Transwell chambers were used for conducting migration assays in vitro as described previously [12]. The cells at a density of 5 × 104 cells per well were seeded in the upper chamber (8 μm pore size, Corning, USA). After incubation for 24 h at 37 °C, the wells were washed with PBS thrice, fixed with methanol for 1 h and then stained with 1% crystal violet for 30 min. The cells on the upper surface of the filter were scraped off, and the cells on the lower surface of the filters were counted under a light microscope (Olympus BX51, Olympus) at 200× magnification in ten randomly selected fields. The experiment was repeated independently three times.

GO Enrichment, KEGG pathway analysis of RNA-seq data

RNA‐sequencing data of GRP78 and si-GRP78 in ARO and FRO cells were tested by BGI (Shenzhen, China) [36]. The functional roles of differentially expressed genes (DEGs) were determined by the transcriptional profiles that are acquired using RNA-seq and GO and KEGG enrichment analyses. The GO database was used to analyze the functional enrichment of DEGs, and focused on the pathways enriched in the biological process, molecular function and cellular component that showed association with these genes. The KEGG pathway database was used to determine the enrichment of DEGs.

GEPIA database for differential expression analysis ofMMP13 and CLO1A1 genes

Differential expression of MMP13 and CLO1A1 genes between 512 TC tissues and 337 normal tissues was acquired from the GEPIA (http://gepia.cancer-pku.cn/ ) [35]. In addition, the differential expression of MMP13 and CLO1A1 genes in terms of pathological stage (I–IV) was analyzed among the TC patients.

Statistical analysis

Statistical significance was calculated with GraphPad Prism Software using one-way ANOVA with Tukey’s post-test and Student’s t-test. Data are presented as means ± SD. The values with p < 0.05 were considered to be statistically significant.

Availability of data and materials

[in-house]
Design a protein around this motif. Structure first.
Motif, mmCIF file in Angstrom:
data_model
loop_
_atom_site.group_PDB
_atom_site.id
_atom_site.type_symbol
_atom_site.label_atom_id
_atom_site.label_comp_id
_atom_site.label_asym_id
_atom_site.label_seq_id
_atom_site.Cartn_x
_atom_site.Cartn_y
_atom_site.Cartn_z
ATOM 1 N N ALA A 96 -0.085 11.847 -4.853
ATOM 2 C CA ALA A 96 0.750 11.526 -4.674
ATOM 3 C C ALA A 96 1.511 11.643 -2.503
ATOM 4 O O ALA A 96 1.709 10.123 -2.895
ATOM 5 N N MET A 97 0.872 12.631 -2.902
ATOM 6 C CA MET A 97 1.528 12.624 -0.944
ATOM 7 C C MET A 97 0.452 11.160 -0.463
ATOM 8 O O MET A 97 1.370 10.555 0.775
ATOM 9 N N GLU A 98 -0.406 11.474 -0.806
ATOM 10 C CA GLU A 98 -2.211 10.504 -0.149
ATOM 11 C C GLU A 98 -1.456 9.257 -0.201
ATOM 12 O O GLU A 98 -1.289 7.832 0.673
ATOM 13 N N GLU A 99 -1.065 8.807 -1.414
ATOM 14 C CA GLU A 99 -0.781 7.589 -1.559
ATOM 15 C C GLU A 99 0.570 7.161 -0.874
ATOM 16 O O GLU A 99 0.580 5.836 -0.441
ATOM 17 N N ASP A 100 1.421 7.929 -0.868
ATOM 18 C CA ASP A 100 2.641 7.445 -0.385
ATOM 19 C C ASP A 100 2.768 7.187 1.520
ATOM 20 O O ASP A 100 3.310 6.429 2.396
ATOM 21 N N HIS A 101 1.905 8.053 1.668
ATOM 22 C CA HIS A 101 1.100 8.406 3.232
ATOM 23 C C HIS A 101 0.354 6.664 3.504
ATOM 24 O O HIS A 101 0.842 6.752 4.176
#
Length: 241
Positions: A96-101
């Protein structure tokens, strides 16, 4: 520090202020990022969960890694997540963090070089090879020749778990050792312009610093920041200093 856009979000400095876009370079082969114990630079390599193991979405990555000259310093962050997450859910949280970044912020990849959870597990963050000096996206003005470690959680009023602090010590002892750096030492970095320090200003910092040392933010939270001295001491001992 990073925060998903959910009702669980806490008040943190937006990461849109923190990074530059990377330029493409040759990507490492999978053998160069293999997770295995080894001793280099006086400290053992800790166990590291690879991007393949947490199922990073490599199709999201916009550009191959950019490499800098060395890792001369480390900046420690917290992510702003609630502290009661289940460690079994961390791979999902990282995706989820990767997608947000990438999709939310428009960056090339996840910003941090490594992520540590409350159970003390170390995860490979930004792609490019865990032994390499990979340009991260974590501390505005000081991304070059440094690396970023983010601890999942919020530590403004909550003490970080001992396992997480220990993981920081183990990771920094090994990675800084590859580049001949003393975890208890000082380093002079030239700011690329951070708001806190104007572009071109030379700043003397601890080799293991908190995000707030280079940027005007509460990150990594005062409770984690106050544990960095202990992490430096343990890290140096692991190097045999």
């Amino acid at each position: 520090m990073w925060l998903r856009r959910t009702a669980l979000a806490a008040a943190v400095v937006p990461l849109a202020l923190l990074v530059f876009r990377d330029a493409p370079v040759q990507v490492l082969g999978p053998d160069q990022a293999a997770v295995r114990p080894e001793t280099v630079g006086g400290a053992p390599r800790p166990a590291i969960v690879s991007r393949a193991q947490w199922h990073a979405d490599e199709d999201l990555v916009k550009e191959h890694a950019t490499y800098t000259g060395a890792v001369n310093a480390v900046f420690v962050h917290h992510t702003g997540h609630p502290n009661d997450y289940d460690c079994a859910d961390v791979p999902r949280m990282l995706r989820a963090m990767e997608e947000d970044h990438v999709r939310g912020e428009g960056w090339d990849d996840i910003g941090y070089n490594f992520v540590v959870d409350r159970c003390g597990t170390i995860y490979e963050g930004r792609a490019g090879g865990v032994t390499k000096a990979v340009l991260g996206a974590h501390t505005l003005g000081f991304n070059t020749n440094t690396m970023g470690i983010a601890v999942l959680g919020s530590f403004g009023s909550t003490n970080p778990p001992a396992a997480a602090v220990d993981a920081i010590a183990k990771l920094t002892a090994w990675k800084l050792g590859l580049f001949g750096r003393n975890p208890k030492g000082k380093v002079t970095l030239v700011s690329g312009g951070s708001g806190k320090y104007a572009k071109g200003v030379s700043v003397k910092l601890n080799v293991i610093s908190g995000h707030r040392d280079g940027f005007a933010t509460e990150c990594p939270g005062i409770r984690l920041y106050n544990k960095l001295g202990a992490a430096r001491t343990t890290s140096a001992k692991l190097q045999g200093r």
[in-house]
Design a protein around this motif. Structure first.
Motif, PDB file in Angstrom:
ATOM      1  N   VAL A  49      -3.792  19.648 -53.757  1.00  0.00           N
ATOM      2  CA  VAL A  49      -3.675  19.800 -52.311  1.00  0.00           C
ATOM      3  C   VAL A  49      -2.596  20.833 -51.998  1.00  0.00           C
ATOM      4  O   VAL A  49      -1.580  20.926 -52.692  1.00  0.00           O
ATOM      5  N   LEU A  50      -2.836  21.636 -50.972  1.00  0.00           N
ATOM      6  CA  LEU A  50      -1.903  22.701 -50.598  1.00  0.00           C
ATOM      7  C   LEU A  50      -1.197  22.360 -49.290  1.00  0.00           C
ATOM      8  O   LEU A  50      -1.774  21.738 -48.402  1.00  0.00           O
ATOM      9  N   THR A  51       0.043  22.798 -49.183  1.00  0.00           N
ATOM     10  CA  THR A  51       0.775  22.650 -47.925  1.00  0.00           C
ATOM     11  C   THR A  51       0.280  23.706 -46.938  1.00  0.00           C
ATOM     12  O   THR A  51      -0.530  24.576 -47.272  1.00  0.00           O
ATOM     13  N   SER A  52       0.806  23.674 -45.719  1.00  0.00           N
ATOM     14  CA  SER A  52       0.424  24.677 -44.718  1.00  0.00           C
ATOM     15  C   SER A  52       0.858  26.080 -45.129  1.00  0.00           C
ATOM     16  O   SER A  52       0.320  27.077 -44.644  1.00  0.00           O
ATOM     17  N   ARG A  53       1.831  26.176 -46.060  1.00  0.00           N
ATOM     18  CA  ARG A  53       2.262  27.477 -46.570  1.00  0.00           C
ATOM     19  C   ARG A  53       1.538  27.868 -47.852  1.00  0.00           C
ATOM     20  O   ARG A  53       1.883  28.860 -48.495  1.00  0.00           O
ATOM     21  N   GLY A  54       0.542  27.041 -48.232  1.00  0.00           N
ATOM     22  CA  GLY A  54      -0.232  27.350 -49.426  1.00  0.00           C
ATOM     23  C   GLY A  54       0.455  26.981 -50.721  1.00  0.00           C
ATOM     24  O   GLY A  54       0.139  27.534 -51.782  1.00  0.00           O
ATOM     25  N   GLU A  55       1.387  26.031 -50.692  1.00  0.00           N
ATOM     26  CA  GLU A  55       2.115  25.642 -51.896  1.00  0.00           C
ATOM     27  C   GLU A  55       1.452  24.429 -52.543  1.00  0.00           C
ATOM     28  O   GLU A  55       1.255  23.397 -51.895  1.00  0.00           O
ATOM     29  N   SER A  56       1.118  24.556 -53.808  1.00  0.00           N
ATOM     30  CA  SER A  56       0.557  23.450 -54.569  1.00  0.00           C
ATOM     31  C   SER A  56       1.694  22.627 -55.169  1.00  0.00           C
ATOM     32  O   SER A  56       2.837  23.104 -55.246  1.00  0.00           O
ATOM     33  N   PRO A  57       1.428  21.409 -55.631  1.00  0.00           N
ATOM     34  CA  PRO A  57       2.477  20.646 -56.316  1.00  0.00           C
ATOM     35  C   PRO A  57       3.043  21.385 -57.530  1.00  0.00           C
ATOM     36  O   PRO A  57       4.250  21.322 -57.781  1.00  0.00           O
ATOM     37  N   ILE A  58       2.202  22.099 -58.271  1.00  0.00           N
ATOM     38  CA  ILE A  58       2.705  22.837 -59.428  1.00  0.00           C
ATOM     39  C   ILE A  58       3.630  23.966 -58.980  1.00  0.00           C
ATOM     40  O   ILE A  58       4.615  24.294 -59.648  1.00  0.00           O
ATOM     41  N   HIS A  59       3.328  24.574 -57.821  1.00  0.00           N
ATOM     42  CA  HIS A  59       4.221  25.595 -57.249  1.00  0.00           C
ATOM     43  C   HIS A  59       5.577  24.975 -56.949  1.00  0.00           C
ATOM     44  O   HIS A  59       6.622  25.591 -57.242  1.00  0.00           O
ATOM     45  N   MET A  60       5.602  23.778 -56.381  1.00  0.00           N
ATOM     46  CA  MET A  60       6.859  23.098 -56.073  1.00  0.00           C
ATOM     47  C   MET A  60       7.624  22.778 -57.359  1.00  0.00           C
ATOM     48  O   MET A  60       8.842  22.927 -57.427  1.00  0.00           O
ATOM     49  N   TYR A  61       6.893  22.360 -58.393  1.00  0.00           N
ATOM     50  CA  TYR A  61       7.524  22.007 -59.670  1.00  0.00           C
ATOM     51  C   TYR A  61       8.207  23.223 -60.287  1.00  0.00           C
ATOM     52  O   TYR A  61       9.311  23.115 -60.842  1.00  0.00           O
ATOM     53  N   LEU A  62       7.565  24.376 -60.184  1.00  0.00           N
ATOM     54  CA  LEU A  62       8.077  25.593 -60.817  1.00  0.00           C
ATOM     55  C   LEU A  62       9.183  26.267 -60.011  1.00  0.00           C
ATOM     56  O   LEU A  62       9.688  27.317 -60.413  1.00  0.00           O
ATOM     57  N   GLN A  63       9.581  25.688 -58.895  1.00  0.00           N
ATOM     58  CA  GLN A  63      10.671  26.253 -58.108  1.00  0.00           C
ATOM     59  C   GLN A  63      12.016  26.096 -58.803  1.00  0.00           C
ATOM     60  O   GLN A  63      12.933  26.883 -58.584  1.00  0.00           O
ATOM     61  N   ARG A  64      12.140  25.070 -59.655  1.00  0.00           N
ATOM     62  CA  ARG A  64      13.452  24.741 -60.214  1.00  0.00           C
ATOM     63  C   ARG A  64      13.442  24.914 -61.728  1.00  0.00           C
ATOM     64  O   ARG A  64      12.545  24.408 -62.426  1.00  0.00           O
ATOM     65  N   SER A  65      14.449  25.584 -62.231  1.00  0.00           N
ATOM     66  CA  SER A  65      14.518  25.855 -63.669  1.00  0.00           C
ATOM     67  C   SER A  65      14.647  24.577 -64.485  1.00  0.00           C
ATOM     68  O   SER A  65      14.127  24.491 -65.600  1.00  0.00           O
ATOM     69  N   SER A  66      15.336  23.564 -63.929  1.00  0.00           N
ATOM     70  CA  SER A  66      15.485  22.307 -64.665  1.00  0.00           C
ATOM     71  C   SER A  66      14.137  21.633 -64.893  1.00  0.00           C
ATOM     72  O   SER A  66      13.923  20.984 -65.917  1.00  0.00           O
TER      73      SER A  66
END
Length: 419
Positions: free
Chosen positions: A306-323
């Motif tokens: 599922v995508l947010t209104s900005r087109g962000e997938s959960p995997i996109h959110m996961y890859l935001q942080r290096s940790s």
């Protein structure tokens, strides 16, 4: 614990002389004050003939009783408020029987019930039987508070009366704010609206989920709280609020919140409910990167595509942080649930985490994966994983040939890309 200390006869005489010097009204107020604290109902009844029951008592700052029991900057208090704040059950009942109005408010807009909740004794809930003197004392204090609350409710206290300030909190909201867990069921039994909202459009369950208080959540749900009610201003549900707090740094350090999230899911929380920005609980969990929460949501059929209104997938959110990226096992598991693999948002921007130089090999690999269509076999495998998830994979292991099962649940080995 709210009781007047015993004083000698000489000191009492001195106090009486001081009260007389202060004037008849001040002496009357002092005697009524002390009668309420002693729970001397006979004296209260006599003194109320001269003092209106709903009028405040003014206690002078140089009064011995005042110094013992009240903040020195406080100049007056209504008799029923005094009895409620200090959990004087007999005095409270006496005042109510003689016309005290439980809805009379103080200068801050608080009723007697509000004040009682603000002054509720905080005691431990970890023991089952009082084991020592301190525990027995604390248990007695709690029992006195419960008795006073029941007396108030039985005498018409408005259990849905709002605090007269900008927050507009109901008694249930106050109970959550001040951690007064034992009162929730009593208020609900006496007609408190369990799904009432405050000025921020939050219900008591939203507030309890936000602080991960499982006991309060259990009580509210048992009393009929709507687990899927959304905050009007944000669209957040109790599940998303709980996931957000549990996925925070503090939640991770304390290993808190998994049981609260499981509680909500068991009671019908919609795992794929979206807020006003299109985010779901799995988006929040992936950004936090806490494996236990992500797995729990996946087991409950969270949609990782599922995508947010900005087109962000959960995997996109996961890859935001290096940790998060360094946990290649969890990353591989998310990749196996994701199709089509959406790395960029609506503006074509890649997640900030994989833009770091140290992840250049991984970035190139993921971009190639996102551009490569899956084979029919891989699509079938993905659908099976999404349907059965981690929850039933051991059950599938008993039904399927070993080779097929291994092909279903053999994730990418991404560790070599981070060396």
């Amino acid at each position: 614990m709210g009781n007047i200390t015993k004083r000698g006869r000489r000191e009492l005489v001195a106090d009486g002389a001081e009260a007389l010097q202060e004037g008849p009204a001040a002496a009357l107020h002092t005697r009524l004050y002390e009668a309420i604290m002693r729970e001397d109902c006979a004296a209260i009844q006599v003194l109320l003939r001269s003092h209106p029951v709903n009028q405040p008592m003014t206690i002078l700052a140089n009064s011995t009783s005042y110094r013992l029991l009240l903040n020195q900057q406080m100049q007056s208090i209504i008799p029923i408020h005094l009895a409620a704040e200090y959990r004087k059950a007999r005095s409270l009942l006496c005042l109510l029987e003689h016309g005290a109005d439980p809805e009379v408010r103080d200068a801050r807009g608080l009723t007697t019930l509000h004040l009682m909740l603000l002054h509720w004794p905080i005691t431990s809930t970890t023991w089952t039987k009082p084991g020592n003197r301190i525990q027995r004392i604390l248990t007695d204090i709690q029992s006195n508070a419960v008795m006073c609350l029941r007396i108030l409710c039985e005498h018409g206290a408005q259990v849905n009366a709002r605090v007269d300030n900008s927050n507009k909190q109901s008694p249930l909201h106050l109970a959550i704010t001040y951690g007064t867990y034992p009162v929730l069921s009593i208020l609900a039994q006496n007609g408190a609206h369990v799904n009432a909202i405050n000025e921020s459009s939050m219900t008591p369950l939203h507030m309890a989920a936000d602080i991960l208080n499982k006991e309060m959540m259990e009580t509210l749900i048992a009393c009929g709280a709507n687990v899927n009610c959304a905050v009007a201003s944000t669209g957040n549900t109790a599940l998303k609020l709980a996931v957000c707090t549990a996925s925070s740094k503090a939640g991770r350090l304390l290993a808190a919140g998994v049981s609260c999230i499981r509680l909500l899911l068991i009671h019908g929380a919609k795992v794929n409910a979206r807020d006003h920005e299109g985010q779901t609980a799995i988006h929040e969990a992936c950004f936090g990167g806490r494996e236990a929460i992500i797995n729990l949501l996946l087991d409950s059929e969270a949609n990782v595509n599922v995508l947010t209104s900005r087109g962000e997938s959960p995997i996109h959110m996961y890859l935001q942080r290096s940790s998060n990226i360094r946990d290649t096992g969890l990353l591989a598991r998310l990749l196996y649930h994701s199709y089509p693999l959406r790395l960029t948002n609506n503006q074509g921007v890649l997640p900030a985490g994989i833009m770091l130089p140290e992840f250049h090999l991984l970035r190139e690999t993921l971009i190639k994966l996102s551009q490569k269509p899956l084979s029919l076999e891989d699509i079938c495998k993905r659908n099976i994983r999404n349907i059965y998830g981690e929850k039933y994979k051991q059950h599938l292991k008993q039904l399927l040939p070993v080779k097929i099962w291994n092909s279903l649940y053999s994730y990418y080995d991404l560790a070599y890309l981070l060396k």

The datasets generated during and/or analyses during the current study are available in GEPIA database.

Abbreviations

TC:

Thyroid cancer

PTC:

Papillary thyroid carcinoma

FTC:

Follicular thyroid carcinoma

PDTC:

Poorly differentiated thyroid cancer

ATC:

Anaplastic thyroid cancer

GRP78:

Glucose-regulated protein78

GO:

Gene ontology

KEGG:

Kyoto Encyclopedia of Genes and Genomes

LN:

Lymph node

ER:

Endoplasmic reticulum

RNA-seq:

RNA sequencing analysis

IHC:

Immunohistochemistry

TM:

Tunicamycin

DEGs:

Differentially expressed genes

UPR:

Unfolded protein response

ECM:

Extracellular matrix

MMP:

Matrix metalloproteinases

GEPIA:

Gene Expression Profiling Interactive Analysis

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Acknowledgements

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Funding

This study was supported by the National Natural Science Foundation of China (No. 81502402, No. 81701718).

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Correspondence to Bin Gao.

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Zhao, G., Kang, J., Xu, G. et al. Tunicamycin promotes metastasis through upregulating endoplasmic reticulum stress induced GRP78 expression in thyroid carcinoma. Cell Biosci 10, 115 (2020). https://doi.org/10.1186/s13578-020-00478-0

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Keywords

  • Tunicamycin
  • Metastasis
  • ER stress
  • GRP78
  • Thyroid cancer